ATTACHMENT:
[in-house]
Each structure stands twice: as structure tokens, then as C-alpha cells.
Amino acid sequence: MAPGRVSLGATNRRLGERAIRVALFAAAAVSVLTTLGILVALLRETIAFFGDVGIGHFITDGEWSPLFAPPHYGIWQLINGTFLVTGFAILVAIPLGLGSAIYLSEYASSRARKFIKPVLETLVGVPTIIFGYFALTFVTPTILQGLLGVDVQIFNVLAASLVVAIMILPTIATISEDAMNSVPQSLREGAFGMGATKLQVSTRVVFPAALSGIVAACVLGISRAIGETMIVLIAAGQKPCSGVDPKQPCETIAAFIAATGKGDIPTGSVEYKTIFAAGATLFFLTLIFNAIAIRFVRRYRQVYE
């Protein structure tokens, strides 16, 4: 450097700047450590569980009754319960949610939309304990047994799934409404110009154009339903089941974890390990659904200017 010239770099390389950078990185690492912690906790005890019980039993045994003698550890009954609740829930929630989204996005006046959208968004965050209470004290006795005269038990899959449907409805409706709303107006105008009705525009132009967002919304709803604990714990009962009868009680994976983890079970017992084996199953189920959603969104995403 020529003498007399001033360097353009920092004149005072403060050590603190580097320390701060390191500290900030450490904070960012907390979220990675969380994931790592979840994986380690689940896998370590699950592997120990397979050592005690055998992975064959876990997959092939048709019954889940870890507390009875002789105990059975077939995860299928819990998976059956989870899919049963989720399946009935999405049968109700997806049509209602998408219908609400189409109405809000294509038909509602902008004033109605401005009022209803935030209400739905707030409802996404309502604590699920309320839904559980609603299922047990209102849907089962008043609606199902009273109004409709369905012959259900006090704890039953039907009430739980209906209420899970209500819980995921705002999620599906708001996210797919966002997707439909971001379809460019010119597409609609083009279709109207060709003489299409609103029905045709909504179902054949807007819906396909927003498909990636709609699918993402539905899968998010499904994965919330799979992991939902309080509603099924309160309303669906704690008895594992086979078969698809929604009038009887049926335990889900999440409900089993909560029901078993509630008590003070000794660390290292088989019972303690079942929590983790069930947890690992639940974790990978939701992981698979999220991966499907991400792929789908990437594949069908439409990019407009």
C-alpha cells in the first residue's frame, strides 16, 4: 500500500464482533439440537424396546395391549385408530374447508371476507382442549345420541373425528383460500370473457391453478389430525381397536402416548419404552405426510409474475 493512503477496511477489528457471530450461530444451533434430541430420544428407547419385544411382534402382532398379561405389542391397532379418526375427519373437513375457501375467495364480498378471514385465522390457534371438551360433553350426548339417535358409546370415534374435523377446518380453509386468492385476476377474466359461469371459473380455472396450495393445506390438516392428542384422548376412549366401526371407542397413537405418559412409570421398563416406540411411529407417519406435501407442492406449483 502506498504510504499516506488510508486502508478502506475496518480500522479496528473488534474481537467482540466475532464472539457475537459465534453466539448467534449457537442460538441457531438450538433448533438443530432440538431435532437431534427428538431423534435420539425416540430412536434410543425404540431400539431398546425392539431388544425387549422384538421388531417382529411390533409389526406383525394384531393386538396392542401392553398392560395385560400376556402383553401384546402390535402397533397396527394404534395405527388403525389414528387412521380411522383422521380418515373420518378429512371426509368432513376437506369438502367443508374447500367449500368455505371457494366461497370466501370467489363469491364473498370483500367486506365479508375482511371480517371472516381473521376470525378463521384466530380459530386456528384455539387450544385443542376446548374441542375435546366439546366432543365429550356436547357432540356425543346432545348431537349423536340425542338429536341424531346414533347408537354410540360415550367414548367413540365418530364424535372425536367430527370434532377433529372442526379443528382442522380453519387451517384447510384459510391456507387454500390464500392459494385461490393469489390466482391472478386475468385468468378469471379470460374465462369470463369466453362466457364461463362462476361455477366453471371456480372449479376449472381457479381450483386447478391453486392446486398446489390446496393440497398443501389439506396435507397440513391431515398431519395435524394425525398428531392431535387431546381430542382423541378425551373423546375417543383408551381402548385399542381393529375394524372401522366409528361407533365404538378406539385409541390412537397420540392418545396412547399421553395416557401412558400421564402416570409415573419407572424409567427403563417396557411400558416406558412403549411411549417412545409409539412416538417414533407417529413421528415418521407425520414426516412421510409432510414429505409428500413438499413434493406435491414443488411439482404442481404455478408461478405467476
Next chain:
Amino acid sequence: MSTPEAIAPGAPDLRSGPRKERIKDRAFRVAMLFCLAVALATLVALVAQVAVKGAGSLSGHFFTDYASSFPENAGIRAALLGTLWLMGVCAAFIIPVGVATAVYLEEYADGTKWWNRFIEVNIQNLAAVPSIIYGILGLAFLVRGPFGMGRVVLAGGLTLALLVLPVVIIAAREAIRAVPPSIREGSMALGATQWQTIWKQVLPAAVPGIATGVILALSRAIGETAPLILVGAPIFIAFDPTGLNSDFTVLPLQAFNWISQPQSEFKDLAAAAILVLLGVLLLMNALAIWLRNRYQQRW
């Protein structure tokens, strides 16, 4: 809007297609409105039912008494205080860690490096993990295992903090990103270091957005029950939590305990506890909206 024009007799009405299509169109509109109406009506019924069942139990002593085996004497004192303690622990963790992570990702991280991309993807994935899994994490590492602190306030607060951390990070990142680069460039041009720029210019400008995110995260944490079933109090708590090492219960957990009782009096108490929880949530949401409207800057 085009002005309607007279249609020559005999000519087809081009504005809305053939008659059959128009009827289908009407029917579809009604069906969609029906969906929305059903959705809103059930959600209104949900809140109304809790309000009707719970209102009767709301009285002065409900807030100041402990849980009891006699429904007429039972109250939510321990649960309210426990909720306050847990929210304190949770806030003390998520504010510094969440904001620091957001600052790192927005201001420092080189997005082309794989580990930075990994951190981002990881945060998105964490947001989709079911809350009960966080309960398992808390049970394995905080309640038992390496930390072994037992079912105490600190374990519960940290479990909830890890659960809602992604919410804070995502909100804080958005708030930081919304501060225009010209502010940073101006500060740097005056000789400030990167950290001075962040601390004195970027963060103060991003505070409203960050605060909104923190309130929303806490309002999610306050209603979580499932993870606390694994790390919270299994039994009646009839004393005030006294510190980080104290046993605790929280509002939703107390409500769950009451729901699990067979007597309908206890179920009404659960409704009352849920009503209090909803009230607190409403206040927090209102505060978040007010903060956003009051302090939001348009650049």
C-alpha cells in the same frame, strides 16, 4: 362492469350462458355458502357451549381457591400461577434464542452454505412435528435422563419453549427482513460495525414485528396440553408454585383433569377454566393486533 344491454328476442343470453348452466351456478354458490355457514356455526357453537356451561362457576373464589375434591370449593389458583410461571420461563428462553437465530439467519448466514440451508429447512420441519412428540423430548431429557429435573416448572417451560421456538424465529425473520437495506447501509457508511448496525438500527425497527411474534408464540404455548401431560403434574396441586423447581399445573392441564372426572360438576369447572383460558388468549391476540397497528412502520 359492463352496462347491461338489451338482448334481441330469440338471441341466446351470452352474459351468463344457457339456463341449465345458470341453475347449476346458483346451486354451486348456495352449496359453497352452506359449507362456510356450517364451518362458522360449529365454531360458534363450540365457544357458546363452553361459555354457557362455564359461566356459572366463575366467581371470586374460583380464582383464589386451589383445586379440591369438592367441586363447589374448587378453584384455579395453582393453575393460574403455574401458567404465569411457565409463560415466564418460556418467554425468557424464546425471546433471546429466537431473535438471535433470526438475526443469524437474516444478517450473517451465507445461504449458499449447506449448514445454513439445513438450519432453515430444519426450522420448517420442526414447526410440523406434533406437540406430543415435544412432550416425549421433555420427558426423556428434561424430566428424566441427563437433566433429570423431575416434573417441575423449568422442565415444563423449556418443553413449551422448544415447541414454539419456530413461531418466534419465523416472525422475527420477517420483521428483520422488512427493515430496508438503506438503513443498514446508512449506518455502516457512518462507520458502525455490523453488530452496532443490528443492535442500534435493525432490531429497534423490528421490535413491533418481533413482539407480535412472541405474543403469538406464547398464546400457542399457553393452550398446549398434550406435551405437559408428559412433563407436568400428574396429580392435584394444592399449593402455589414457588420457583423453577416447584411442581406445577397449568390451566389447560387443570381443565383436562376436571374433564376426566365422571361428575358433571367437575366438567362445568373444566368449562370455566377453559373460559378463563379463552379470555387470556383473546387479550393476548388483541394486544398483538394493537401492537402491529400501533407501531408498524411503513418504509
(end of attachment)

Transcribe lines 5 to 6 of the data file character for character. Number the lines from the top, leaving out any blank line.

C-alpha cells in the first residue's frame, strides 16, 4: 500500500464482533439440537424396546395391549385408530374447508371476507382442549345420541373425528383460500370473457391453478389430525381397536402416548419404552405426510409474475 493512503477496511477489528457471530450461530444451533434430541430420544428407547419385544411382534402382532398379561405389542391397532379418526375427519373437513375457501375467495364480498378471514385465522390457534371438551360433553350426548339417535358409546370415534374435523377446518380453509386468492385476476377474466359461469371459473380455472396450495393445506390438516392428542384422548376412549366401526371407542397413537405418559412409570421398563416406540411411529407417519406435501407442492406449483 502506498504510504499516506488510508486502508478502506475496518480500522479496528473488534474481537467482540466475532464472539457475537459465534453466539448467534449457537442460538441457531438450538433448533438443530432440538431435532437431534427428538431423534435420539425416540430412536434410543425404540431400539431398546425392539431388544425387549422384538421388531417382529411390533409389526406383525394384531393386538396392542401392553398392560395385560400376556402383553401384546402390535402397533397396527394404534395405527388403525389414528387412521380411522383422521380418515373420518378429512371426509368432513376437506369438502367443508374447500367449500368455505371457494366461497370466501370467489363469491364473498370483500367486506365479508375482511371480517371472516381473521376470525378463521384466530380459530386456528384455539387450544385443542376446548374441542375435546366439546366432543365429550356436547357432540356425543346432545348431537349423536340425542338429536341424531346414533347408537354410540360415550367414548367413540365418530364424535372425536367430527370434532377433529372442526379443528382442522380453519387451517384447510384459510391456507387454500390464500392459494385461490393469489390466482391472478386475468385468468378469471379470460374465462369470463369466453362466457364461463362462476361455477366453471371456480372449479376449472381457479381450483386447478391453486392446486398446489390446496393440497398443501389439506396435507397440513391431515398431519395435524394425525398428531392431535387431546381430542382423541378425551373423546375417543383408551381402548385399542381393529375394524372401522366409528361407533365404538378406539385409541390412537397420540392418545396412547399421553395416557401412558400421564402416570409415573419407572424409567427403563417396557411400558416406558412403549411411549417412545409409539412416538417414533407417529413421528415418521407425520414426516412421510409432510414429505409428500413438499413434493406435491414443488411439482404442481404455478408461478405467476
Next chain: